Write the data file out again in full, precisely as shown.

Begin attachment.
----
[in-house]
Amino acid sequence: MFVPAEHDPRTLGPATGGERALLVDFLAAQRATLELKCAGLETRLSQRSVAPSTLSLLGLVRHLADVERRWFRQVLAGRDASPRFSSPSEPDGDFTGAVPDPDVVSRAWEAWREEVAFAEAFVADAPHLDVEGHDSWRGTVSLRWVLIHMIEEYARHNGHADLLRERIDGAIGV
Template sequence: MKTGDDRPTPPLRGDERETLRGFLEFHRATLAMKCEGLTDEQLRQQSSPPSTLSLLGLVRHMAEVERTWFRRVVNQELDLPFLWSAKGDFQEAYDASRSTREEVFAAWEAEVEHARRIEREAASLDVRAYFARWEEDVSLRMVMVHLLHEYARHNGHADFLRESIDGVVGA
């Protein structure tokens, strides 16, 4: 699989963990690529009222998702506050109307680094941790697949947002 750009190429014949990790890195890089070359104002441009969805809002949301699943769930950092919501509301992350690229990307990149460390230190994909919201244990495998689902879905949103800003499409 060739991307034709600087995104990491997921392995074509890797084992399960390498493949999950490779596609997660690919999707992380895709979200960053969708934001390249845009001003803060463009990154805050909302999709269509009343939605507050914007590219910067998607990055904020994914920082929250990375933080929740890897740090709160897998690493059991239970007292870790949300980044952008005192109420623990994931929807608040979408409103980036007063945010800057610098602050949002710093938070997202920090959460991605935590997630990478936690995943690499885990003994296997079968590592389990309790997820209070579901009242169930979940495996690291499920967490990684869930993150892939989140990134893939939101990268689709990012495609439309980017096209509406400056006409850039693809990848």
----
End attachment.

[in-house]
Amino acid sequence: MFVPAEHDPRTLGPATGGERALLVDFLAAQRATLELKCAGLETRLSQRSVAPSTLSLLGLVRHLADVERRWFRQVLAGRDASPRFSSPSEPDGDFTGAVPDPDVVSRAWEAWREEVAFAEAFVADAPHLDVEGHDSWRGTVSLRWVLIHMIEEYARHNGHADLLRERIDGAIGV
Template sequence: MKTGDDRPTPPLRGDERETLRGFLEFHRATLAMKCEGLTDEQLRQQSSPPSTLSLLGLVRHMAEVERTWFRRVVNQELDLPFLWSAKGDFQEAYDASRSTREEVFAAWEAEVEHARRIEREAASLDVRAYFARWEEDVSLRMVMVHLLHEYARHNGHADFLRESIDGVVGA
């Protein structure tokens, strides 16, 4: 699989963990690529009222998702506050109307680094941790697949947002 750009190429014949990790890195890089070359104002441009969805809002949301699943769930950092919501509301992350690229990307990149460390230190994909919201244990495998689902879905949103800003499409 060739991307034709600087995104990491997921392995074509890797084992399960390498493949999950490779596609997660690919999707992380895709979200960053969708934001390249845009001003803060463009990154805050909302999709269509009343939605507050914007590219910067998607990055904020994914920082929250990375933080929740890897740090709160897998690493059991239970007292870790949300980044952008005192109420623990994931929807608040979408409103980036007063945010800057610098602050949002710093938070997202920090959460991605935590997630990478936690995943690499885990003994296997079968590592389990309790997820209070579901009242169930979940495996690291499920967490990684869930993150892939989140990134893939939101990268689709990012495609439309980017096209509406400056006409850039693809990848």